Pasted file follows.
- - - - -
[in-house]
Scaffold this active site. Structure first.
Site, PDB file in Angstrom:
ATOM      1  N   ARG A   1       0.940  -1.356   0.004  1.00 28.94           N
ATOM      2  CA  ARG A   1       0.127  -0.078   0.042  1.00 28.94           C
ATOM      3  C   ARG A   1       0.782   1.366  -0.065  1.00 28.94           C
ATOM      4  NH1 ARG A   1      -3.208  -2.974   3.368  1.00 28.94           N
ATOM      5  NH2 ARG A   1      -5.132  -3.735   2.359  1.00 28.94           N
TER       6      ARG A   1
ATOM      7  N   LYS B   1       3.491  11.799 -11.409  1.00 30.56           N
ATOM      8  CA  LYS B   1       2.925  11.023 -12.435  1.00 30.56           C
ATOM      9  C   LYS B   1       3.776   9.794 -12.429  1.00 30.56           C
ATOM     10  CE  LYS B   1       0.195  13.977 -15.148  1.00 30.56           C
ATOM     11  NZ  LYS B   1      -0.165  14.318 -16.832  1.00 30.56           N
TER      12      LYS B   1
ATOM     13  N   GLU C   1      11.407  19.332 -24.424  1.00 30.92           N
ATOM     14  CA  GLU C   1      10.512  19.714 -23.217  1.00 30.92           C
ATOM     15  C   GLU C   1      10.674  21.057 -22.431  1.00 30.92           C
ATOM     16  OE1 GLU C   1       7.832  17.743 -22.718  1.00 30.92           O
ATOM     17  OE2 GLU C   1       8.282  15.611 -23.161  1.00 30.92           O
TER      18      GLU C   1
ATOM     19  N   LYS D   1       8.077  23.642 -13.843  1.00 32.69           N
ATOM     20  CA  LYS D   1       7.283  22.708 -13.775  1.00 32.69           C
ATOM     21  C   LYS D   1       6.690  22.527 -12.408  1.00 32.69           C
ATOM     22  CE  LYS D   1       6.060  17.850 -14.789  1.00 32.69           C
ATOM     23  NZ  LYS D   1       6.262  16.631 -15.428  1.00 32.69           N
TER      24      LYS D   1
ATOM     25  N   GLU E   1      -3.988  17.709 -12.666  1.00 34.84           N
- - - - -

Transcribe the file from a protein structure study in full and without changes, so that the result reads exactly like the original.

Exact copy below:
[in-house]
Scaffold this active site. Structure first.
Site, PDB file in Angstrom:
ATOM      1  N   ARG A   1       0.940  -1.356   0.004  1.00 28.94           N
ATOM      2  CA  ARG A   1       0.127  -0.078   0.042  1.00 28.94           C
ATOM      3  C   ARG A   1       0.782   1.366  -0.065  1.00 28.94           C
ATOM      4  NH1 ARG A   1      -3.208  -2.974   3.368  1.00 28.94           N
ATOM      5  NH2 ARG A   1      -5.132  -3.735   2.359  1.00 28.94           N
TER       6      ARG A   1
ATOM      7  N   LYS B   1       3.491  11.799 -11.409  1.00 30.56           N
ATOM      8  CA  LYS B   1       2.925  11.023 -12.435  1.00 30.56           C
ATOM      9  C   LYS B   1       3.776   9.794 -12.429  1.00 30.56           C
ATOM     10  CE  LYS B   1       0.195  13.977 -15.148  1.00 30.56           C
ATOM     11  NZ  LYS B   1      -0.165  14.318 -16.832  1.00 30.56           N
TER      12      LYS B   1
ATOM     13  N   GLU C   1      11.407  19.332 -24.424  1.00 30.92           N
ATOM     14  CA  GLU C   1      10.512  19.714 -23.217  1.00 30.92           C
ATOM     15  C   GLU C   1      10.674  21.057 -22.431  1.00 30.92           C
ATOM     16  OE1 GLU C   1       7.832  17.743 -22.718  1.00 30.92           O
ATOM     17  OE2 GLU C   1       8.282  15.611 -23.161  1.00 30.92           O
TER      18      GLU C   1
ATOM     19  N   LYS D   1       8.077  23.642 -13.843  1.00 32.69           N
ATOM     20  CA  LYS D   1       7.283  22.708 -13.775  1.00 32.69           C
ATOM     21  C   LYS D   1       6.690  22.527 -12.408  1.00 32.69           C
ATOM     22  CE  LYS D   1       6.060  17.850 -14.789  1.00 32.69           C
ATOM     23  NZ  LYS D   1       6.262  16.631 -15.428  1.00 32.69           N
TER      24      LYS D   1
ATOM     25  N   GLU E   1      -3.988  17.709 -12.666  1.00 34.84           N